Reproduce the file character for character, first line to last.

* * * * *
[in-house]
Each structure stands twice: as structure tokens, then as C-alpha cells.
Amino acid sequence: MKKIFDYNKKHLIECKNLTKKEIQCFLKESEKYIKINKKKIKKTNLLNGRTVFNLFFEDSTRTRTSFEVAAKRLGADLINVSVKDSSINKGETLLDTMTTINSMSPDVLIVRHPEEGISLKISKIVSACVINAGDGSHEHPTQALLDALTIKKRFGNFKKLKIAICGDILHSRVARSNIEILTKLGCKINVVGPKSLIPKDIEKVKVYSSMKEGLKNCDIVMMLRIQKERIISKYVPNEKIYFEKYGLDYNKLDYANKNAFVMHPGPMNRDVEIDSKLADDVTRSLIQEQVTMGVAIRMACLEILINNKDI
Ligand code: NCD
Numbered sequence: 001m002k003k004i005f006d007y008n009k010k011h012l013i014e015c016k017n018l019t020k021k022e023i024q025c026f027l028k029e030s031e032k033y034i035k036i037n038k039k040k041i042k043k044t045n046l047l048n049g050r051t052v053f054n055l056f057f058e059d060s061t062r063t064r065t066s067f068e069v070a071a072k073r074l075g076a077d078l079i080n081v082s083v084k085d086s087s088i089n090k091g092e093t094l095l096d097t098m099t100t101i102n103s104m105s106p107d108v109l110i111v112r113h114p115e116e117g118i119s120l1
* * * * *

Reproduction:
[in-house]
Each structure stands twice: as structure tokens, then as C-alpha cells.
Amino acid sequence: MKKIFDYNKKHLIECKNLTKKEIQCFLKESEKYIKINKKKIKKTNLLNGRTVFNLFFEDSTRTRTSFEVAAKRLGADLINVSVKDSSINKGETLLDTMTTINSMSPDVLIVRHPEEGISLKISKIVSACVINAGDGSHEHPTQALLDALTIKKRFGNFKKLKIAICGDILHSRVARSNIEILTKLGCKINVVGPKSLIPKDIEKVKVYSSMKEGLKNCDIVMMLRIQKERIISKYVPNEKIYFEKYGLDYNKLDYANKNAFVMHPGPMNRDVEIDSKLADDVTRSLIQEQVTMGVAIRMACLEILINNKDI
Ligand code: NCD
Numbered sequence: 001m002k003k004i005f006d007y008n009k010k011h012l013i014e015c016k017n018l019t020k021k022e023i024q025c026f027l028k029e030s031e032k033y034i035k036i037n038k039k040k041i042k043k044t045n046l047l048n049g050r051t052v053f054n055l056f057f058e059d060s061t062r063t064r065t066s067f068e069v070a071a072k073r074l075g076a077d078l079i080n081v082s083v084k085d086s087s088i089n090k091g092e093t094l095l096d097t098m099t100t101i102n103s104m105s106p107d108v109l110i111v112r113h114p115e116e117g118i119s120l1